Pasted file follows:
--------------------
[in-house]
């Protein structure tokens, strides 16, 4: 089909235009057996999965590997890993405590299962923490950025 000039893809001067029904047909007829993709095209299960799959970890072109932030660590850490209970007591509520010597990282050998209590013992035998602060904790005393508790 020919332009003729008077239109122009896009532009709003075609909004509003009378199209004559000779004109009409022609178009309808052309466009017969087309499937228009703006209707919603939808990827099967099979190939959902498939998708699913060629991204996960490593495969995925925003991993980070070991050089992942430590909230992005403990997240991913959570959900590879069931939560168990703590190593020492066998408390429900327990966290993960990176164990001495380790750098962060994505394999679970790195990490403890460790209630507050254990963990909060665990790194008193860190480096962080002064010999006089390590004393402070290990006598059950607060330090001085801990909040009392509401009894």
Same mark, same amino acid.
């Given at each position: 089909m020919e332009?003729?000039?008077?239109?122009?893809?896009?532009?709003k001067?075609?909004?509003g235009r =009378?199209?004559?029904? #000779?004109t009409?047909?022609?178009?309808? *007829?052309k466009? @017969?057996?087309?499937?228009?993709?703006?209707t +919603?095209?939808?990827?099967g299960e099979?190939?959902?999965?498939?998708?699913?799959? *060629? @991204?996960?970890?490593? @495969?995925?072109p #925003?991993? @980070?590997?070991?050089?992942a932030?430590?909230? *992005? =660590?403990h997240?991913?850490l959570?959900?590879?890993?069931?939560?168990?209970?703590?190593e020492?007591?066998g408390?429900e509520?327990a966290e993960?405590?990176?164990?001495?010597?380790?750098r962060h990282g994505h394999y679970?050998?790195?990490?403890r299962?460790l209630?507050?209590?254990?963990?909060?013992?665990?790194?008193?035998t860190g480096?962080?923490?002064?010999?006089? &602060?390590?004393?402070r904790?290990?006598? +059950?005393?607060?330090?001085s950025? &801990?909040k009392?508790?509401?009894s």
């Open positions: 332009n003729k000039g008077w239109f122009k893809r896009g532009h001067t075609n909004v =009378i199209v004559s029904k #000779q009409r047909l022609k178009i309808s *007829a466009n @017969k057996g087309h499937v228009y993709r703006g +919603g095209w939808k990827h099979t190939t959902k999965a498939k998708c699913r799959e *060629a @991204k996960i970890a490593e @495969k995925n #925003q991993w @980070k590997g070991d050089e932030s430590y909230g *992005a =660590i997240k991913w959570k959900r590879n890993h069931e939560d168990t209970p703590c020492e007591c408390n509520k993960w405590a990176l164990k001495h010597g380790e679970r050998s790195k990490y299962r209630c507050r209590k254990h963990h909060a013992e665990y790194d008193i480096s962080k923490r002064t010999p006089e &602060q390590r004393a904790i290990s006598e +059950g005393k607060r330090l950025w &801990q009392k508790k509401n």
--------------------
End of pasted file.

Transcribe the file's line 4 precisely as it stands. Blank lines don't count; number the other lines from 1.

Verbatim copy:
């Given at each position: 089909m020919e332009?003729?000039?008077?239109?122009?893809?896009?532009?709003k001067?075609?909004?509003g235009r =009378?199209?004559?029904? #000779?004109t009409?047909?022609?178009?309808? *007829?052309k466009? @017969?057996?087309?499937?228009?993709?703006?209707t +919603?095209?939808?990827?099967g299960e099979?190939?959902?999965?498939?998708?699913?799959? *060629? @991204?996960?970890?490593? @495969?995925?072109p #925003?991993? @980070?590997?070991?050089?992942a932030?430590?909230? *992005? =660590?403990h997240?991913?850490l959570?959900?590879?890993?069931?939560?168990?209970?703590?190593e020492?007591?066998g408390?429900e509520?327990a966290e993960?405590?990176?164990?001495?010597?380790?750098r962060h990282g994505h394999y679970?050998?790195?990490?403890r299962?460790l209630?507050?209590?254990?963990?909060?013992?665990?790194?008193?035998t860190g480096?962080?923490?002064?010999?006089? &602060?390590?004393?402070r904790?290990?006598? +059950?005393?607060?330090?001085s950025? &801990?909040k009392?508790?509401?009894s």